For any new filmmakers or people struggling out there to find ways to execute their projects–take note! The writing process started out as a team effort; all three would meet and pitch out ideas. After whittling down from 30+ sketches to the 4 strongest, they put it into script form. From there they performed the sketches in front of a live audience to see what worked and what didn’t. I thought this was an incredibly smart move and great advice for any comedy writer trying to figure out the voice/tone of a project. It’ll help to know what beats work and most importantly–how it reads to an audience. And as someone who has gone to many sketch/improv shows, an audience will tell you immediately if something’s funny or not. Although improv played a huge role in creating and writing the content, once on set and shooting, they stuck to a tight script–another great tactic. When you’re making an indie-budget series you’re not afforded a ton of time to film. Being on set is a LONG process for the crew who is setting up each scene. Night shoots, for example, are extremely difficult to light as well as taking into account sound and surrounding elements. It’s helpful to have the actors tight and hit their marks perfectly so you’re not wasting time changing things up. You’re also not shooting more than you need. *Which helps in the editing room. The 4 episodes were shot in 3 days. Which, after watching them you’ll see, that is quite impressive. Research is very important in the writing process but even more important when figuring out how you want something like this to look. A lot of what makes this web series work is how it’s shot. I asked them what shows they may have watched in preparation. And Andre, with a sad laugh, admitted he must’ve watched over a thousand hours of cop media. True Detective (season 1 and season 3) and LA Confidential were two of the biggest influences as well as The Wire. (Honorable mentions: Training Day, Bad Boys, The Negotiator). Those hours have not been in vain Andre. The care and preciseness shows in every moment. It shows in costume, in lighting and cinematography, and in the film score. I can’t stress enough the importance of getting all these nuances right. The more serious these characters take themselves and the world around them, the funnier these scenes become.
The Fun Part:
One of my favorite questions I asked them was, what scene were they most looking forward to shooting? And funny enough, all of their answers were my favorite moments in each of the episodes.
For Dylan, his monologue in Episode 2: “I Can’t Stop Thinking About That Day.” A scene focusing on going undercover and how important and specific your backstory needs to be. This is every actor’s dream. Monologuing and using everything they’ve learned in acting classes to get to that dark place. Dylan chewed up the scenery like it was Willy Wonka’s Chocolate factory. And I enjoyed every tear, every ridiculous music cue, and every light change.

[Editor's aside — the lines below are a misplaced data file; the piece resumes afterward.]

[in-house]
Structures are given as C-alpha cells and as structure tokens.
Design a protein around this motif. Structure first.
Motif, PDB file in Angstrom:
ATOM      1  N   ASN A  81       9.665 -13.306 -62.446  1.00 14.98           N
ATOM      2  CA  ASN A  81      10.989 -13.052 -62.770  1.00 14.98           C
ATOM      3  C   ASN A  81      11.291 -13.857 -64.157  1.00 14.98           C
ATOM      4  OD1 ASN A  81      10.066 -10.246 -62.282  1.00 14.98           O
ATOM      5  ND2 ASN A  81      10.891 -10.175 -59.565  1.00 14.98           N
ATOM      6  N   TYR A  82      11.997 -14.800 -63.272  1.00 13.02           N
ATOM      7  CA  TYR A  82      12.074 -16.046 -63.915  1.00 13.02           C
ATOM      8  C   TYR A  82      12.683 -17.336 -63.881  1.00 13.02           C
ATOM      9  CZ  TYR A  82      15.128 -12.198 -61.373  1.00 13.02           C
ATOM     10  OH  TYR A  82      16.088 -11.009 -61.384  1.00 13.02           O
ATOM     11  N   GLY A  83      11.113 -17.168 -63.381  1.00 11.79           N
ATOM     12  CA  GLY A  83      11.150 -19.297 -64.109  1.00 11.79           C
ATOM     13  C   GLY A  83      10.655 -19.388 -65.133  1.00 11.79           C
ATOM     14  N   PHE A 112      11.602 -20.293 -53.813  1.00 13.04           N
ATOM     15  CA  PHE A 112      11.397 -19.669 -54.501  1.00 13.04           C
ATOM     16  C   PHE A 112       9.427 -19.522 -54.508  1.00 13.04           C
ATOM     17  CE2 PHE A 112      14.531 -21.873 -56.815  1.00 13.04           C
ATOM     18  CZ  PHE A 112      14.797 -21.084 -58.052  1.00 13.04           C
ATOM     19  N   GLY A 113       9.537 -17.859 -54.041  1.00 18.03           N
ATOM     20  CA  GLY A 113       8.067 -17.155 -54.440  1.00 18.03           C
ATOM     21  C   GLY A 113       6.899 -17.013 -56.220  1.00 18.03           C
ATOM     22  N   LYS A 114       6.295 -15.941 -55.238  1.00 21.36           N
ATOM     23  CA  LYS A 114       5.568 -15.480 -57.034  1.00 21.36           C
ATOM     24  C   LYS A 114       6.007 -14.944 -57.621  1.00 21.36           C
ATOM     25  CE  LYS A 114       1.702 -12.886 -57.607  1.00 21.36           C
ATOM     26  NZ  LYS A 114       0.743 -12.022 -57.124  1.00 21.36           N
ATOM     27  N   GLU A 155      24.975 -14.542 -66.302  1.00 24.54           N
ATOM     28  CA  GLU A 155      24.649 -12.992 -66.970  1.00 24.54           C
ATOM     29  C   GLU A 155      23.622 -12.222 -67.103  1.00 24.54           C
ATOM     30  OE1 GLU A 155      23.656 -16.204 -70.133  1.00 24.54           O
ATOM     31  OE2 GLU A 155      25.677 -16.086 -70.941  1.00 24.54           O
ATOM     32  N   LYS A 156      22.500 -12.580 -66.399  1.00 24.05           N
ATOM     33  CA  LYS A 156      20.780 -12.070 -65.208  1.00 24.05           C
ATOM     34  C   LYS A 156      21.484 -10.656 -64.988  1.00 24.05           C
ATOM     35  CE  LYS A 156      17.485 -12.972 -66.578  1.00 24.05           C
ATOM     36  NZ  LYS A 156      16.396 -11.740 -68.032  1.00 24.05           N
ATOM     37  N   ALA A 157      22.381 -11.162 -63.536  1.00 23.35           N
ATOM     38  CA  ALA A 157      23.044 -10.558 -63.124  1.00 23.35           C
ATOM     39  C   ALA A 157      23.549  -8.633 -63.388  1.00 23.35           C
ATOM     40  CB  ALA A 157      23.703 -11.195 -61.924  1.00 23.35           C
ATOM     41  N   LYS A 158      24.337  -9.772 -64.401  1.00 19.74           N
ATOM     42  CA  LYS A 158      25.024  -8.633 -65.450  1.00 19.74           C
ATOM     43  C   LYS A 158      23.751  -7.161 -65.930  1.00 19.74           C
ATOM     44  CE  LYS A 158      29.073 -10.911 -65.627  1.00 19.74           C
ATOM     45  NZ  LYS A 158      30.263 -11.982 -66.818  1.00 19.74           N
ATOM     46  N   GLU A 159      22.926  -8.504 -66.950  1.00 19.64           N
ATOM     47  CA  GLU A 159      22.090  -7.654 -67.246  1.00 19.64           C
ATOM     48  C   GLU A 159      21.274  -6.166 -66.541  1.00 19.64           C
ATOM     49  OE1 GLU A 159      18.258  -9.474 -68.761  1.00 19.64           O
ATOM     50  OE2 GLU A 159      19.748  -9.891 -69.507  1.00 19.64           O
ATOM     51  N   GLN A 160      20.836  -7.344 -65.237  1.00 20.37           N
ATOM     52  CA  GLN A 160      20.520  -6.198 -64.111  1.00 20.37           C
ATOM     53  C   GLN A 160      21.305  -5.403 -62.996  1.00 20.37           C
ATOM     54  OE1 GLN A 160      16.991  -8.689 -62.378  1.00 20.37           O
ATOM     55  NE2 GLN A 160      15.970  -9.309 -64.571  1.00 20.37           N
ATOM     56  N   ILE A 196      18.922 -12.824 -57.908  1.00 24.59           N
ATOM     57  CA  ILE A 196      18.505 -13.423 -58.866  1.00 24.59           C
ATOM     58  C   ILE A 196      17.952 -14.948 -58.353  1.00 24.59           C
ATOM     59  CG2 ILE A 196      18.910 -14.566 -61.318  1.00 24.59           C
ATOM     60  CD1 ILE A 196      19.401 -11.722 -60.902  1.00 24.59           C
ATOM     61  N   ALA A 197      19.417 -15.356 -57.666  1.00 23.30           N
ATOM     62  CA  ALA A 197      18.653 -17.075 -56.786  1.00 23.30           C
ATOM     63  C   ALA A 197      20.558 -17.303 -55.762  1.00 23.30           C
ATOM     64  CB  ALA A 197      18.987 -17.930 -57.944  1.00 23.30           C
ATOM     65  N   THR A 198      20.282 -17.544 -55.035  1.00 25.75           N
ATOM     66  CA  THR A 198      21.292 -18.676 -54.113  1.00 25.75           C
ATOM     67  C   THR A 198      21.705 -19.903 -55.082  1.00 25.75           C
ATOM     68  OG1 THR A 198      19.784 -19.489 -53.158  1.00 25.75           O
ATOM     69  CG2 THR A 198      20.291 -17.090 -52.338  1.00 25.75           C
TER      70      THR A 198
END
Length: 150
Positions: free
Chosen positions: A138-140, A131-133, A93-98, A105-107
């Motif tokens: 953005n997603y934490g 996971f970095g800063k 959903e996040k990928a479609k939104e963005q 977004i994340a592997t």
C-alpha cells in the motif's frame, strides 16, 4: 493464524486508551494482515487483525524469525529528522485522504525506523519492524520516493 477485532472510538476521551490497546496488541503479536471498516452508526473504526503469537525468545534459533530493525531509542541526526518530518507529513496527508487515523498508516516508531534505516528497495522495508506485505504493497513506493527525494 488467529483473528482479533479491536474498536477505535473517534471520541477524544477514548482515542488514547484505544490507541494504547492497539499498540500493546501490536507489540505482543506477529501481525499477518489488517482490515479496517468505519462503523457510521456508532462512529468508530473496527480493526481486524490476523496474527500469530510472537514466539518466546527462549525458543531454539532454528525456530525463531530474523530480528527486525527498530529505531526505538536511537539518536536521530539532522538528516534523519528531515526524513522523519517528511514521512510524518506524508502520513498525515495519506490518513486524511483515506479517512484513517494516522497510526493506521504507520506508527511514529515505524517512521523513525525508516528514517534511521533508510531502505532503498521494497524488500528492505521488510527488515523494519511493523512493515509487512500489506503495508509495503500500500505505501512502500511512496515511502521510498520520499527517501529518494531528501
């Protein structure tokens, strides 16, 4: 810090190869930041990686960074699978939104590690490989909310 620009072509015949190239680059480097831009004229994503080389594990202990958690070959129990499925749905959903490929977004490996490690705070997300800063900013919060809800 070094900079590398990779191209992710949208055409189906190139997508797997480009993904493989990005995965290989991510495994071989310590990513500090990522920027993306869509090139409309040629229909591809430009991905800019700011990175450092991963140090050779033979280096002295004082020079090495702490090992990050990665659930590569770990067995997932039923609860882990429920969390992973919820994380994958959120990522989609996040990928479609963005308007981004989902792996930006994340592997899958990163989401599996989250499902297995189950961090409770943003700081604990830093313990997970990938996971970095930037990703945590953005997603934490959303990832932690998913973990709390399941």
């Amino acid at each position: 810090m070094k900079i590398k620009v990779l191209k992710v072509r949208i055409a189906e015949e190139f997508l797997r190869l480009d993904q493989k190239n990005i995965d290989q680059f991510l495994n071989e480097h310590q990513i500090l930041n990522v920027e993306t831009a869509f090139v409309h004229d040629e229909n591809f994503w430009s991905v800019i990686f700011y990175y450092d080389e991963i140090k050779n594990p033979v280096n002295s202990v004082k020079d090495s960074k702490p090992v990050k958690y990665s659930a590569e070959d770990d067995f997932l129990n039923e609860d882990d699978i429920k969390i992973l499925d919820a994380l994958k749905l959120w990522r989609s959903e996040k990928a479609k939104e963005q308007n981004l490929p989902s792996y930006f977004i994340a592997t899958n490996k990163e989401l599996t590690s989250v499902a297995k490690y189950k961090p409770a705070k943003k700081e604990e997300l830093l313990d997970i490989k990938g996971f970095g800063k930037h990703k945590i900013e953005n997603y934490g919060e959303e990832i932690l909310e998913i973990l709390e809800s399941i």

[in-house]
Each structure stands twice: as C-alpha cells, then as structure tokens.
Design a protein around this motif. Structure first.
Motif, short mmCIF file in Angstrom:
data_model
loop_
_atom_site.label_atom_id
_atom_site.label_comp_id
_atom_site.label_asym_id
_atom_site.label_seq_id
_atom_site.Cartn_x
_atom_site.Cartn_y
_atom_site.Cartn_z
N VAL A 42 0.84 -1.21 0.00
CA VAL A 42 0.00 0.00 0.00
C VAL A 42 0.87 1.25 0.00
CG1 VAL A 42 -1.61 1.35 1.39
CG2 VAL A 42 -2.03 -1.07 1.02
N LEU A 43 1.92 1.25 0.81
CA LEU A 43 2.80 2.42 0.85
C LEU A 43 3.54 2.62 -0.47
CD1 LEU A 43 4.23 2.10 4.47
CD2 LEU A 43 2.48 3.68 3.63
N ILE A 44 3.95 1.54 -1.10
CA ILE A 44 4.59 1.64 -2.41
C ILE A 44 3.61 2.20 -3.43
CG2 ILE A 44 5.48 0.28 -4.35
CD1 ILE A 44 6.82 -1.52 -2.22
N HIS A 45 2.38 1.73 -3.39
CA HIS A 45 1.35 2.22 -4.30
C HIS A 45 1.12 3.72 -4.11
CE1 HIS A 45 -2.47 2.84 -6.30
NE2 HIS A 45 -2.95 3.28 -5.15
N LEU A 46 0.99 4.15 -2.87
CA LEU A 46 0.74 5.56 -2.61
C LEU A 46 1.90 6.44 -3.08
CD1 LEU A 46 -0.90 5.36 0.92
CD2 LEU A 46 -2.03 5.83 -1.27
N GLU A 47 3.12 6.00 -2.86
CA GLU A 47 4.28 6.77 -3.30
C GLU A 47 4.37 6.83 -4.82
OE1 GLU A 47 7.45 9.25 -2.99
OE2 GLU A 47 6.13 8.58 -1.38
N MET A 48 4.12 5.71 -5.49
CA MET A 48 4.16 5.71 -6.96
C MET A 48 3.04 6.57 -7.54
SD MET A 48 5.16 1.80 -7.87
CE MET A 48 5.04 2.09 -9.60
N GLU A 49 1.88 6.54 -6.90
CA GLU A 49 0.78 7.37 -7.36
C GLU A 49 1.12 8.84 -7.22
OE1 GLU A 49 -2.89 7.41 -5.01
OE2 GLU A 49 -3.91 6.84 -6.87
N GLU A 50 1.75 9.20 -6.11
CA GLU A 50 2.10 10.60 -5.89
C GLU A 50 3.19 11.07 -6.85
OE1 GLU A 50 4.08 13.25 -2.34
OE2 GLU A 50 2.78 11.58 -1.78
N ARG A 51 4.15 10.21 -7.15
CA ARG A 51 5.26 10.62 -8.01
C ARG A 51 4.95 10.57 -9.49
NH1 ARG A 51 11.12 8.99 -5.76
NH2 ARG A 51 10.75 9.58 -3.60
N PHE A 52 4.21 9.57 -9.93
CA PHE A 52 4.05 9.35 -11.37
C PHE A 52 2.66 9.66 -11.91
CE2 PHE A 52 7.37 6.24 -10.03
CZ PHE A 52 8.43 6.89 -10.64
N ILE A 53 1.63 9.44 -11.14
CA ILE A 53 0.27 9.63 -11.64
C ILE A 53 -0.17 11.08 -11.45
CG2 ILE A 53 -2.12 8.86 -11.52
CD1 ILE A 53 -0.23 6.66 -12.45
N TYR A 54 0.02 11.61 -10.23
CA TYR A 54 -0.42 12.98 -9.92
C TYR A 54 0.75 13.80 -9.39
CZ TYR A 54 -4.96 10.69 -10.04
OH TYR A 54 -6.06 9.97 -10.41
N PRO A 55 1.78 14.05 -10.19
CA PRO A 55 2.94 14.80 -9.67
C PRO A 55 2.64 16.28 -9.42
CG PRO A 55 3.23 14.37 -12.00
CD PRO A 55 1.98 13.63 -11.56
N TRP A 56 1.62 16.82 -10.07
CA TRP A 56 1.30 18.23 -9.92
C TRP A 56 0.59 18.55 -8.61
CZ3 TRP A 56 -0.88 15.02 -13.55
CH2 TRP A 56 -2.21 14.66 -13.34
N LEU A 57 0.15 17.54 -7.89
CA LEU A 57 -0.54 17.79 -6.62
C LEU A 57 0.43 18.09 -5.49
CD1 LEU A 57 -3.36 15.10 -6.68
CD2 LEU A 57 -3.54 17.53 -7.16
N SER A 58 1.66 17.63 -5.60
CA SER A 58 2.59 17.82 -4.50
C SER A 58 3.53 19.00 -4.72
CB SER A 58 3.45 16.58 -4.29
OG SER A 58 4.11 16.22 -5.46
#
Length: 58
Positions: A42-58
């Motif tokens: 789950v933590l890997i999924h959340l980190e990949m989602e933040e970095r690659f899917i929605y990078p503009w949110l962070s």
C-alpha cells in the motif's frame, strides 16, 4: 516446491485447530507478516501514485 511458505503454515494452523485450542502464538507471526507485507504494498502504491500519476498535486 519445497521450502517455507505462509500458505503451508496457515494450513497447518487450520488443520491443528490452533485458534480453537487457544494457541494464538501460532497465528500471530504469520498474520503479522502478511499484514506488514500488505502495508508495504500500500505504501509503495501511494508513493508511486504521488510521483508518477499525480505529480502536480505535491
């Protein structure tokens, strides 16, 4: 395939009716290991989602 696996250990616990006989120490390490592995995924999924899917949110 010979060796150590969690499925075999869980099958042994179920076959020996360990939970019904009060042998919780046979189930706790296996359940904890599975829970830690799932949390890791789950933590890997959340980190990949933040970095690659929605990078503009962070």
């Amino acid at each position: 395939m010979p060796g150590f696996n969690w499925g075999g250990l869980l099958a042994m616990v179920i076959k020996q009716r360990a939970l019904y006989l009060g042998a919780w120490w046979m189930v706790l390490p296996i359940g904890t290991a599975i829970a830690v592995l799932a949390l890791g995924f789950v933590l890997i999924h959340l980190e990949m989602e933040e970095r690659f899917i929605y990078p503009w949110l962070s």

For John, Episode 3: “The Good Partner.” That moment when the Rookie Cop starts to discover how torn and disheveled this job can make you by witnessing his partner’s mental spiral. Watching Murph, who has up until now been portrayed as confident and seasoned, become completely unhinged at the thought of a group text existing without him was so enjoyable to watch. The detail in the set design for this scene was something out of Se7en. And Hume mastered every beat perfectly.
For Andre, Episode 4: “End of the Line” The classic showdown on a roof between the good guys, the bad guys and then the good guys turned bad guys, then the actual good guys. The location was perfect. The sweeping aerial shots were goddamn beautiful. It’s the episode with the most setups, involved the most actors, and had the most complicated stunts. I felt so jealous and excited for Andre watching it, knowing how awesome it probably had to feel finishing up that day. And it all paid off. It looks absolutely incredible.
One of the things I really liked hearing on their end was that everyone who helped in the crew or on screen was someone at least one of them had worked with before. Which tells me they are fantastic to work with and people want to work with them again. Which, in LA, is not as common as you might think.
The main thing I took away from this interview is how hard they all worked and the level of professionalism. Something I really took from the interview: “Whatever you choose to work on, make sure you like it.” Which seems so obvious but it’s harder than it seems. You work for so long on a project and you really have to believe in it to follow through with it. The process is extensive and arduous. But the result is amazing and the hard work put into it paid off. The guys want to give a shout out to their amazing crew, including: Josh Russell, Brent Howard, Heather Brawley, Kirstie Muñoz and Esther Kim.
They’re currently writing a feature-length script for The Thick Blue Line set to shoot in Michigan (Go Blue!). Follow their Instagram @thethickblueline and please PLEASE do yourself a tremendous favor and watch:
Thank you again to John Hume @johnbhume, Andre Radojcich @portableandre, and Dylan Stretchbery @dstretchbery for your time and for the laughs!